KATIE: Can you talk about other books and legends that helped inform the world you built? I know that Sin Eaters were an actual phenomenon in Welsh culture and that Margaret Atwood penned a story by the same name…
MEGAN: In addition to the history of sin eaters, I drew on heavily on nursery rhymes and fairy tales. For me, nursery rhymes are magical little snippets of cultural history that get passed down from generation to generation like a game of telephone. And like a game of telephone, over time the story becomes distorted until it’s a delicious mixture of puzzle, history, and invention. I love that quality and have tried to bring the same combination of puzzle, history, and invention to Sin Eater.
Author Megan Campisi beside her new book ‘Sin Eater.’
KATIE: I’m always keen to know a little bit about other writers’ processes — are you a dogged “ten-pages a day come hell or high water” person or a more “when the mood strikes” …or somewhere in the middle?
MEGAN: When I began Sin Eater, my first child was nine months old, I was pregnant with my second child, and I had a full-time job teaching at a theater conservatory. My writing process was: whenever I can! I would scratch notes on the subway while commuting, type one-handed while nursing . . . at times it got ridiculous. But it taught me not to be precious with when, where, and how I write. My mantra is: I can edit later.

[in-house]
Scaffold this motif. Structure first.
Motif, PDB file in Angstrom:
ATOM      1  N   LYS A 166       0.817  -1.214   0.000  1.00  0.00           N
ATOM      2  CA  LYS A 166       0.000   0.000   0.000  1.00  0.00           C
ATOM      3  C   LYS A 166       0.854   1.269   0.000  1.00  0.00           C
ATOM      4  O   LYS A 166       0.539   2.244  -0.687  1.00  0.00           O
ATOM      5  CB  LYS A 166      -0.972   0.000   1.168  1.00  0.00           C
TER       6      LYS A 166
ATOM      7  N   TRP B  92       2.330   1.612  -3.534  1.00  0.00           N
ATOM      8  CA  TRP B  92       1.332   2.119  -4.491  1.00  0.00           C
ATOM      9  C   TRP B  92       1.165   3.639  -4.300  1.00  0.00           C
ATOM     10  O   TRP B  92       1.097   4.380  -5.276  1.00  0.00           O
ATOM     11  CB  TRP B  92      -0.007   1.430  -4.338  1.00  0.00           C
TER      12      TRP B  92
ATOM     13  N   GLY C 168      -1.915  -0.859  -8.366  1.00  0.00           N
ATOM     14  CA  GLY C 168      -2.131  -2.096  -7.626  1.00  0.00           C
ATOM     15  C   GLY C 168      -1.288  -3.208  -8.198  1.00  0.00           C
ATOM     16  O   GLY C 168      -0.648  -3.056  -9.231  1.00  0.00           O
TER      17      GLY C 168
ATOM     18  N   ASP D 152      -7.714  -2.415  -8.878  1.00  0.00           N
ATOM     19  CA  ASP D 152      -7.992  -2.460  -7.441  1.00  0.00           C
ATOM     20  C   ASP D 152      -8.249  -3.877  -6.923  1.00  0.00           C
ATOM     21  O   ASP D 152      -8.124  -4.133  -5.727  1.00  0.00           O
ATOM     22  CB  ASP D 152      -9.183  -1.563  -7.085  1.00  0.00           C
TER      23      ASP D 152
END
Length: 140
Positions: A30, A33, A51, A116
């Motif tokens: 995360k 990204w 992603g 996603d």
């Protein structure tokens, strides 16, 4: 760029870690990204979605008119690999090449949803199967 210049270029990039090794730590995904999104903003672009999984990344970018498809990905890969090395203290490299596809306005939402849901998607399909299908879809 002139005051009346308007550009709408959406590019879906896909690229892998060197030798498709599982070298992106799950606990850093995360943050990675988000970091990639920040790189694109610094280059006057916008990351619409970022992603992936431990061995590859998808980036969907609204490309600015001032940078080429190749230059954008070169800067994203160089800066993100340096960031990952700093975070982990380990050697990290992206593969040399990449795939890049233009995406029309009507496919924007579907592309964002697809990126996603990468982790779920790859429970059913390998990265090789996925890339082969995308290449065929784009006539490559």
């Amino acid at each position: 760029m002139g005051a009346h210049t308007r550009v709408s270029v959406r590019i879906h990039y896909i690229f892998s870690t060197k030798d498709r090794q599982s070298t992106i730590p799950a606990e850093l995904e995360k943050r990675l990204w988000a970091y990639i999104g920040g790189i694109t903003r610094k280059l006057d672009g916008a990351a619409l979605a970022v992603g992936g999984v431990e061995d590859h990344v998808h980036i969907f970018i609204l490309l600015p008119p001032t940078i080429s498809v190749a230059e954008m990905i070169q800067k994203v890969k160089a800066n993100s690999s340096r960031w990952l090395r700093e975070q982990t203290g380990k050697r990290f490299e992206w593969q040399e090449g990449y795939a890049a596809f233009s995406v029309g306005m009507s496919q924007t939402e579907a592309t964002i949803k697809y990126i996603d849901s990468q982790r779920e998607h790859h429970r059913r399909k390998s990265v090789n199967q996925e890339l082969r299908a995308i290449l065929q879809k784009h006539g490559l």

KATIE: There is obviously quite a bit of social commentary here — everything from class and gender are held up for examination. There is perversion, murder and intricate lies among the royal and rich; nearly everyone with power and money are cruel and avaricious. And men, of course, decide the dark fate of all the young girls in trouble…can you talk a bit about your book’s role in taking aim at systemic oppression and art’s larger role in lancing these collective wounds? Can art — especially speculative fiction — exact social change?